Some good things are happening under his leadership, “We’ve been able to look at our policies and procedures. We brought in the Plante Moran firm to look at all the policies and procedures. They just finished the audit of how we should improve. We’ve been doing more training for the staff. We instituted the kiosk program where people could pay at over 40 remote locations with cash, checks or credit cards. We have 92 employees in the office.”
On the challenges that he’s facing, he says “the challenge is you can’t help everyone. That’s what makes it difficult. Some people you’re just not gonna be able to help them because they have no money at all. Some people they get very angry. They come ready for a fight but after I talk to them for a while then usually we can resolve the issue. The other challenge is the internal training and being consistent in the staff making sure they’re doing everything consistently and efficiently.”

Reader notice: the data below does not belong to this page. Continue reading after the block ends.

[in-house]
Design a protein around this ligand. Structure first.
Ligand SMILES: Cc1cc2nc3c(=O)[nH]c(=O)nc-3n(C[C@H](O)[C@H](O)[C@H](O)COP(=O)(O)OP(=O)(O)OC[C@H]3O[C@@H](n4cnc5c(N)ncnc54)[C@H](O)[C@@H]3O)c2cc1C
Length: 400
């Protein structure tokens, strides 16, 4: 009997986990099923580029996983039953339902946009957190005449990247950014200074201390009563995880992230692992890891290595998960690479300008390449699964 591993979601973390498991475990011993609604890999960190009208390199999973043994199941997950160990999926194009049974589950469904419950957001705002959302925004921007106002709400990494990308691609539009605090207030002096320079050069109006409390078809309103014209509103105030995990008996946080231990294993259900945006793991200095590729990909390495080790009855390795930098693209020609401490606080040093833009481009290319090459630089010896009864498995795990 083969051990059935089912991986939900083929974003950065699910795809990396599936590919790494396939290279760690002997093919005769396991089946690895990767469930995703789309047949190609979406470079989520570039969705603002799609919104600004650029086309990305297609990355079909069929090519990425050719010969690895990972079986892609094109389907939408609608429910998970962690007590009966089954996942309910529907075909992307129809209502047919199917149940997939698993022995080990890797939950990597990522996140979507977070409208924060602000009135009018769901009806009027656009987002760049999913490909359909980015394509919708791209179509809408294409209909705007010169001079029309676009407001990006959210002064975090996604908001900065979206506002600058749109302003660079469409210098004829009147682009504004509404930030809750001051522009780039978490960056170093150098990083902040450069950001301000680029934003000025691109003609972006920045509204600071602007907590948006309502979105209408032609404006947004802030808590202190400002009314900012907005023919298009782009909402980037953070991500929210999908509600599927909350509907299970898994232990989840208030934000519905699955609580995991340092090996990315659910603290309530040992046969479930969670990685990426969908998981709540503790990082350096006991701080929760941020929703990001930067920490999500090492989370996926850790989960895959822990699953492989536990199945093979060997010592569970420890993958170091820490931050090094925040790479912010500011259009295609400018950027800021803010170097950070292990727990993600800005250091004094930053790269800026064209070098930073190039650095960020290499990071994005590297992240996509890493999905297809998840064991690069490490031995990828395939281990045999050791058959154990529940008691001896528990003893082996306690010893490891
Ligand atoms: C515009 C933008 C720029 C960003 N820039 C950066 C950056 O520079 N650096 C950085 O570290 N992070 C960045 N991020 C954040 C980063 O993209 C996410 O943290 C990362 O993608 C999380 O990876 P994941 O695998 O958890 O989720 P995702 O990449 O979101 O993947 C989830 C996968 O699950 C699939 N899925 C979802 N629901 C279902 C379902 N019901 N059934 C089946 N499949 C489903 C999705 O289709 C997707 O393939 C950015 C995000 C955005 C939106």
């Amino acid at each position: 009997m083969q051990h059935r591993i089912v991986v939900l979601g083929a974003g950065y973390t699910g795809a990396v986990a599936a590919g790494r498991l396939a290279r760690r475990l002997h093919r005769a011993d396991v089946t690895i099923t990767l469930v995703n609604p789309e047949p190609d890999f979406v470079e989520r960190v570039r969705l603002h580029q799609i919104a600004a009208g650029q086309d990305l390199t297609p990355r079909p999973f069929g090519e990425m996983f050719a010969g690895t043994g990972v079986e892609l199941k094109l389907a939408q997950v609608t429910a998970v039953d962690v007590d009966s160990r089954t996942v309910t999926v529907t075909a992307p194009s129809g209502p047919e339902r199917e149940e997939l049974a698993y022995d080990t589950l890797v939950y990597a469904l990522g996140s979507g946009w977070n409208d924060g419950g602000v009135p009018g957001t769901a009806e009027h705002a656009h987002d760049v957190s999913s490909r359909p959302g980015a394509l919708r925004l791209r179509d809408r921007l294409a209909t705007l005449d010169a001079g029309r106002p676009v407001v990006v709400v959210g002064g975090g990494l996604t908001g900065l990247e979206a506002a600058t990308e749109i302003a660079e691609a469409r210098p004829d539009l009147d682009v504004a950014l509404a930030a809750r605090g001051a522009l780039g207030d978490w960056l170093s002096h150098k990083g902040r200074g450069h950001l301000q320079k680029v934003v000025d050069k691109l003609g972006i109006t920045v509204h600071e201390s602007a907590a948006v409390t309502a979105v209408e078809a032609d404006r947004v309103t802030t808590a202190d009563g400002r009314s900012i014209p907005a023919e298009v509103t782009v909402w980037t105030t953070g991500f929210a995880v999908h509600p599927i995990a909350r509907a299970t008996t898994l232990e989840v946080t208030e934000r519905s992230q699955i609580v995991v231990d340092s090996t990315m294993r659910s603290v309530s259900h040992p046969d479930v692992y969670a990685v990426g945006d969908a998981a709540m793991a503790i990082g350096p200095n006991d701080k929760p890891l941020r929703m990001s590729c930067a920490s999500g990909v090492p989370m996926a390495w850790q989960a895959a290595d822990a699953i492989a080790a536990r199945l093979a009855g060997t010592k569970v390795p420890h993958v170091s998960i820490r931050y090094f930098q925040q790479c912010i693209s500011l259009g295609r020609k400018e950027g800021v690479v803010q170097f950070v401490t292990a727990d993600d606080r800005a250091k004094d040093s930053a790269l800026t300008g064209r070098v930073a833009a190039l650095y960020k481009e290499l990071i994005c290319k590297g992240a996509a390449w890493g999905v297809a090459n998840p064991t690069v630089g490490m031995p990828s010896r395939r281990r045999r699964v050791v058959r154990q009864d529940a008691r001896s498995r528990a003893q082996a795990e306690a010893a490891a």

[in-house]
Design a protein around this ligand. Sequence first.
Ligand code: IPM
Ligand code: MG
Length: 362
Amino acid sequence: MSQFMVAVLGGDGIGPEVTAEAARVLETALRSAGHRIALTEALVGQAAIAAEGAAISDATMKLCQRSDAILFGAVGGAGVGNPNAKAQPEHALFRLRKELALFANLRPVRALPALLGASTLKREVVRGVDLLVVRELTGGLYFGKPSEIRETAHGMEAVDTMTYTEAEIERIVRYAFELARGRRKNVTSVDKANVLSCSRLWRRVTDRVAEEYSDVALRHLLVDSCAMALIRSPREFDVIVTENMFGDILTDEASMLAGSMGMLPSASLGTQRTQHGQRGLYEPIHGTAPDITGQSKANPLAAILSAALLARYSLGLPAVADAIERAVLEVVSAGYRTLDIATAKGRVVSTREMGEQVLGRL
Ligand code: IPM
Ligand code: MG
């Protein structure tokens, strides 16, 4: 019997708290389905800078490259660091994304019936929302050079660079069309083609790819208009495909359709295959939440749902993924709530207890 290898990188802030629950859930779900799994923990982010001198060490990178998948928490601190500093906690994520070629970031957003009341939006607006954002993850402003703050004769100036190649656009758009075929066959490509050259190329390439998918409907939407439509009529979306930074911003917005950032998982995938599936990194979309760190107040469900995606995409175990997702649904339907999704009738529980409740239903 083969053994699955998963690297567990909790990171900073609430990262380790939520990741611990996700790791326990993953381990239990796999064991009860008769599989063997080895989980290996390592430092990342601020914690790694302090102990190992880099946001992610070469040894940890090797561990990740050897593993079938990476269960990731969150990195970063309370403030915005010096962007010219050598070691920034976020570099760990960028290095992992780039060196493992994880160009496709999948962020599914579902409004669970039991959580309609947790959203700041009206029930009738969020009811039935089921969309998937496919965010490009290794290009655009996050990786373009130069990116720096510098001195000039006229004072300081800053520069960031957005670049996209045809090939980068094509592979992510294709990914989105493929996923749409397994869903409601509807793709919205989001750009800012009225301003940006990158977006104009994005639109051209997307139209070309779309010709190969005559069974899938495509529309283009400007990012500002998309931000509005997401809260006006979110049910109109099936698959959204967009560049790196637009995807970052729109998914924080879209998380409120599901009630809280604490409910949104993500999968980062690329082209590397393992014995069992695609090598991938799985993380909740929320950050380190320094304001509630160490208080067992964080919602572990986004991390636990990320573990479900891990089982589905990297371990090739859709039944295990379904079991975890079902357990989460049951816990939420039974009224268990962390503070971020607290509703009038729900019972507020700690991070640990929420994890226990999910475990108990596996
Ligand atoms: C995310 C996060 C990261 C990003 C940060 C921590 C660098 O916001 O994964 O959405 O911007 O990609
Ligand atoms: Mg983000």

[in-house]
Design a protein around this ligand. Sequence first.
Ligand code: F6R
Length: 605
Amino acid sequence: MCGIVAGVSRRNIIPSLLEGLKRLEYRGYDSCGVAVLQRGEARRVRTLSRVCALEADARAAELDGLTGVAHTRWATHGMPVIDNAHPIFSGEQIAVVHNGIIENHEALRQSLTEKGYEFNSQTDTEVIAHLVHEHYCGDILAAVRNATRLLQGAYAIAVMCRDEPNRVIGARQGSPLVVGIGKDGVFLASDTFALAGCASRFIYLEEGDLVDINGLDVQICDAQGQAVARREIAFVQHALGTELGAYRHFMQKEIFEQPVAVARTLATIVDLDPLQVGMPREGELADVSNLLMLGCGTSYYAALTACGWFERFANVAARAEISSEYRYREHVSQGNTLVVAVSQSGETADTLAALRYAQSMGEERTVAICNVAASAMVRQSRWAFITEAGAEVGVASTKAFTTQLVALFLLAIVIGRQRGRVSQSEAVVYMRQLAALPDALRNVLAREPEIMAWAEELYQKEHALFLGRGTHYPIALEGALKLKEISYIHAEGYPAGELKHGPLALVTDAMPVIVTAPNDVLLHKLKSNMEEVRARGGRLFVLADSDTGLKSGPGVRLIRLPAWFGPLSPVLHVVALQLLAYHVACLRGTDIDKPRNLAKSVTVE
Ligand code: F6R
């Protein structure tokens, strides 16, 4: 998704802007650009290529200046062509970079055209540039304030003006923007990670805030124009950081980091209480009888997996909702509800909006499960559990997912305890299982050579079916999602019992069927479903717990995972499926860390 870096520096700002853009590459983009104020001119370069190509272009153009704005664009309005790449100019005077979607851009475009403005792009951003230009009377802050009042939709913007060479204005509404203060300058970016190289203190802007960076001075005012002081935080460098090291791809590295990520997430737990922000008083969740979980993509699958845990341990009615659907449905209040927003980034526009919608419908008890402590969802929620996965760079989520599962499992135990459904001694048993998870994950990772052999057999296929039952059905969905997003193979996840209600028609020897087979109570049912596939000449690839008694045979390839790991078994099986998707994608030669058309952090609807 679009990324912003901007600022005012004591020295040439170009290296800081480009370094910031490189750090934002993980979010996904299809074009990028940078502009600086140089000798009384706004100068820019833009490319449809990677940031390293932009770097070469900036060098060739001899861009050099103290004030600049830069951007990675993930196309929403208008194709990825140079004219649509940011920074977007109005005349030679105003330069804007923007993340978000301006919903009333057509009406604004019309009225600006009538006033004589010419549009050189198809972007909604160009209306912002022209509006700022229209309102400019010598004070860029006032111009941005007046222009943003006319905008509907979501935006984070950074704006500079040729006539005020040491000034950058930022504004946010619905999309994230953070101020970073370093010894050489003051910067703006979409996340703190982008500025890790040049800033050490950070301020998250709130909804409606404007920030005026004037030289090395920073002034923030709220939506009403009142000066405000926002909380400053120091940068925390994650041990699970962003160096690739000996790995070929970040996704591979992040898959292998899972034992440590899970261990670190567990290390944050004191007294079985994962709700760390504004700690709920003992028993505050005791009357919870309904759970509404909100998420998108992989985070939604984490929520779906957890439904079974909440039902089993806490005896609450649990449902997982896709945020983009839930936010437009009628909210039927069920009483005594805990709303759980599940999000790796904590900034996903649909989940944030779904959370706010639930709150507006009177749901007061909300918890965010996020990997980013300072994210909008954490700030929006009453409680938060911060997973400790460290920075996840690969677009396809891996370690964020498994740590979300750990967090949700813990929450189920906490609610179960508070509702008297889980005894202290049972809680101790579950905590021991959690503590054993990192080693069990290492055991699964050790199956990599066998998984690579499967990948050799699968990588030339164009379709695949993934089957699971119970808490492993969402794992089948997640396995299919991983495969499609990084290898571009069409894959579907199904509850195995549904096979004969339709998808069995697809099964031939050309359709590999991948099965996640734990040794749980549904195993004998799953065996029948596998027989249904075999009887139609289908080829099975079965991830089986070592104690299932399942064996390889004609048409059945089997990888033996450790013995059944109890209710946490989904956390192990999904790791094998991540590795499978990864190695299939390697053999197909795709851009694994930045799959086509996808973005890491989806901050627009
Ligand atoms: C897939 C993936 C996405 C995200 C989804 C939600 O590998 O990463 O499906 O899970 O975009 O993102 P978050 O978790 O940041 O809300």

On the programs, the County has been offering to help the residents. He adds “We give people as much time as we can to help keep them in their homes. It’s critical, especially the owner occupants. With the tenants, we have programs that allow them even if the house is in foreclosure the city is getting money through Quicken loans and others to buy these properties before the auction so that the tenant get the chance to become an owner through the program. Come down to the office, call and make sure you get the information that you need. Even if you need $2000 to save your house or get back into the payment plan which is 6% interest per year we’re going to handle every case by case before we foreclose to see if there’s anything we can do to help them.”
At the end of the interview, Treasurer Sabree said “there’s a lot of good things happening in Wayne County right now. Don’t give up now because things are getting better! The government is supposed to help you and I believe in the people. Do whatever you can to save your property that’s the biggest asset that you have most likely. It’s an honor to serve as treasurer. I take the job very seriously”